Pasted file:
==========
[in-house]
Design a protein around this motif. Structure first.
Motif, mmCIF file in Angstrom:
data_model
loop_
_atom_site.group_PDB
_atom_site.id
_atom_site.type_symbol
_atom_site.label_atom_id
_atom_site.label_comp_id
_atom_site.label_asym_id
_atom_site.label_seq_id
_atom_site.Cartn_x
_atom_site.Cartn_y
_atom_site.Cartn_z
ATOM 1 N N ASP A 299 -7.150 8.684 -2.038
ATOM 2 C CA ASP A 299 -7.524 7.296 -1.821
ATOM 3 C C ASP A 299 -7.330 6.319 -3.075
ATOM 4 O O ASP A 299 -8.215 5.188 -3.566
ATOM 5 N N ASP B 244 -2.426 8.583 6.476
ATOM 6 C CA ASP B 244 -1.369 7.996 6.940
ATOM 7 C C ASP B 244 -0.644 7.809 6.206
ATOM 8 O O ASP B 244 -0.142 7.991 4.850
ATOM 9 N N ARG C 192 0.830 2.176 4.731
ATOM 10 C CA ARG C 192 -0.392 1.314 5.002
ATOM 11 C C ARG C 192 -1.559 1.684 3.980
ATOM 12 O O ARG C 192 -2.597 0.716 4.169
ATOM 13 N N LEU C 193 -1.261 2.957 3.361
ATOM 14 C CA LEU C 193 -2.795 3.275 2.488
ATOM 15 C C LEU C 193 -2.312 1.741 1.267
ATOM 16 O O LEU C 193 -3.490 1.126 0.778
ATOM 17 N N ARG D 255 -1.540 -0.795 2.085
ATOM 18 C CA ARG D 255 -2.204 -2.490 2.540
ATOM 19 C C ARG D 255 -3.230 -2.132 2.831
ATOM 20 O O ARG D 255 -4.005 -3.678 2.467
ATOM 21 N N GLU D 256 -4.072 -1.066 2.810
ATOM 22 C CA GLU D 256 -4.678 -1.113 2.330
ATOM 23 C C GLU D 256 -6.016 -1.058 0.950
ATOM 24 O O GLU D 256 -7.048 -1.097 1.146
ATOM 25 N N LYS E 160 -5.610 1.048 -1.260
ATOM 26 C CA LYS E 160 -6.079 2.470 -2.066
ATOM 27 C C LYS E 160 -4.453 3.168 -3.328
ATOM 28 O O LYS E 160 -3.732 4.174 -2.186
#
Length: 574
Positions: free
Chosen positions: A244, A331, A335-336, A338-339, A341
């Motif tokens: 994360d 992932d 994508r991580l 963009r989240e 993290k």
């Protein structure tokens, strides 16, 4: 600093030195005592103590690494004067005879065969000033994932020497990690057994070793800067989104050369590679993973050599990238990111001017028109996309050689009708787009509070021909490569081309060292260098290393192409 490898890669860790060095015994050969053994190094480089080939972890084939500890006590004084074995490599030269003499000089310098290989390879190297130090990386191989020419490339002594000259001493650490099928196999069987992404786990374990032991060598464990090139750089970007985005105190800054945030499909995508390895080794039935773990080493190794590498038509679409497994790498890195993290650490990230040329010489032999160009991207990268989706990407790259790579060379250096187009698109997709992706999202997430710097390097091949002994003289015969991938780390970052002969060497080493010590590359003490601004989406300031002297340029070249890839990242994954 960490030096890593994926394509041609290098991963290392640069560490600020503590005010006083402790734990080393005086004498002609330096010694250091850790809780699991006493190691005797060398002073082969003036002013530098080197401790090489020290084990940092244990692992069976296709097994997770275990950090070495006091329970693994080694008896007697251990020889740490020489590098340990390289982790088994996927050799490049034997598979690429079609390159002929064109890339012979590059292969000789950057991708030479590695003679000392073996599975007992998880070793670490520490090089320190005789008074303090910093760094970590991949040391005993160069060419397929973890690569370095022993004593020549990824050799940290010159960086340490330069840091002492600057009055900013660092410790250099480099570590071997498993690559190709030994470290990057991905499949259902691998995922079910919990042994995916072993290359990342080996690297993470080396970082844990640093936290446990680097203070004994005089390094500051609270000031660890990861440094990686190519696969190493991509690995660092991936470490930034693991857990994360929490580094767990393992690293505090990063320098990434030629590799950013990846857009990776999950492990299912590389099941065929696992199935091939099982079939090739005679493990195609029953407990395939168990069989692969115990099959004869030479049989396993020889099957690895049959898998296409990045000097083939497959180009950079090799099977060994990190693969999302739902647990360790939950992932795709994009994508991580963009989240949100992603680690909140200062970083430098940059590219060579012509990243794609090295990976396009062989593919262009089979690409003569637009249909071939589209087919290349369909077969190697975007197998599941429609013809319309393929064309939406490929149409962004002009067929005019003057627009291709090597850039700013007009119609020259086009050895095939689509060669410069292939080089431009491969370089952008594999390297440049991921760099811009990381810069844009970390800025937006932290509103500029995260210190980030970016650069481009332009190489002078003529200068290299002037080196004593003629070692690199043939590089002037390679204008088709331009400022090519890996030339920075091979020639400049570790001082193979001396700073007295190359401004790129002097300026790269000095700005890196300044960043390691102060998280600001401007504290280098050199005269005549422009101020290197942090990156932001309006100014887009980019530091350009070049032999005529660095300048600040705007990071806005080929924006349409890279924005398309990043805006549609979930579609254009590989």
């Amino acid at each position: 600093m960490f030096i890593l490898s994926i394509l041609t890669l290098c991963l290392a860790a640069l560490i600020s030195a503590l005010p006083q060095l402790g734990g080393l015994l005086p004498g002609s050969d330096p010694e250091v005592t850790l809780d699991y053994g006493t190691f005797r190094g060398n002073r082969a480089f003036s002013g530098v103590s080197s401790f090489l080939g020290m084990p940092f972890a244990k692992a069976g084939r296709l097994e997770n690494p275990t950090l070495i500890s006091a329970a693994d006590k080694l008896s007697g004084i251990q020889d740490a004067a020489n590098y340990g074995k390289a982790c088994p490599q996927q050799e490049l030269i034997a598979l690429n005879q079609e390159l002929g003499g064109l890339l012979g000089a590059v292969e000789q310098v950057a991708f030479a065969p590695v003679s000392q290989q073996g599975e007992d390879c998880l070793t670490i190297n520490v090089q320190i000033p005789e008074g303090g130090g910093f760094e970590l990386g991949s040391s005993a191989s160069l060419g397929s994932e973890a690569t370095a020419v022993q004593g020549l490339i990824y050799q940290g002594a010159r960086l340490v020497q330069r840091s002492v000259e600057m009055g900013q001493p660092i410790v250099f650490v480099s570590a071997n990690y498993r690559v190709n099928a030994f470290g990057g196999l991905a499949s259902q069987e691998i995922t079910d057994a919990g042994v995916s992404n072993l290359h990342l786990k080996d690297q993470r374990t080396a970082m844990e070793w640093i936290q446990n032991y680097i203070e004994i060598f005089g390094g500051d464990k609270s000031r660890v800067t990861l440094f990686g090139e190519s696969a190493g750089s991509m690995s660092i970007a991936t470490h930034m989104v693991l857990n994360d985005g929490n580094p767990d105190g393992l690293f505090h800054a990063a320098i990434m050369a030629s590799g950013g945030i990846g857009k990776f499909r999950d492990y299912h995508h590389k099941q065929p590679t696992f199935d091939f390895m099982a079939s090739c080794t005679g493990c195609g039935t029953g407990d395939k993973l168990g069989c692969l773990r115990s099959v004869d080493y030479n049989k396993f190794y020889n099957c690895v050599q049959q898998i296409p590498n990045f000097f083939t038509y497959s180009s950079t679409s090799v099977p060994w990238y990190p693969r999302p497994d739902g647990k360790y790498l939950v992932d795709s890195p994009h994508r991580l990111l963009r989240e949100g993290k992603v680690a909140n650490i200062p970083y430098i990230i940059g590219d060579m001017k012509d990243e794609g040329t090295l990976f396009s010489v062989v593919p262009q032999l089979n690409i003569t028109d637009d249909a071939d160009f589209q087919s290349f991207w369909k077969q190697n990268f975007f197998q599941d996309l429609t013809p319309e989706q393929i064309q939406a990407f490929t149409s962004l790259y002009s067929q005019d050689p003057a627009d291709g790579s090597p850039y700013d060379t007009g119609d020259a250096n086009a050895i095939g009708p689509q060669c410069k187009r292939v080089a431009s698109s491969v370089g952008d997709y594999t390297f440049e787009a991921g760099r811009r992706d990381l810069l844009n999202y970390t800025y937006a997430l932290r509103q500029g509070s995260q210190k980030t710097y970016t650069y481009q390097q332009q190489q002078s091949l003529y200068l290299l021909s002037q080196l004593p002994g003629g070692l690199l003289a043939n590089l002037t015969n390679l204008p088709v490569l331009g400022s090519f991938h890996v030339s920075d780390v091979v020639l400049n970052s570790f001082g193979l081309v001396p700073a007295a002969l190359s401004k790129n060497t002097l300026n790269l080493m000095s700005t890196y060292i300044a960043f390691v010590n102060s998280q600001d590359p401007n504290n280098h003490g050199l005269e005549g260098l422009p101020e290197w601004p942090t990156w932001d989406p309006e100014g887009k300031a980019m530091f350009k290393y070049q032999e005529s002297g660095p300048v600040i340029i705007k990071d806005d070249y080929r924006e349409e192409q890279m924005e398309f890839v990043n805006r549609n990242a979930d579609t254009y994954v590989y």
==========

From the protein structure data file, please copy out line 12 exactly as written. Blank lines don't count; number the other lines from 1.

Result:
_atom_site.label_seq_id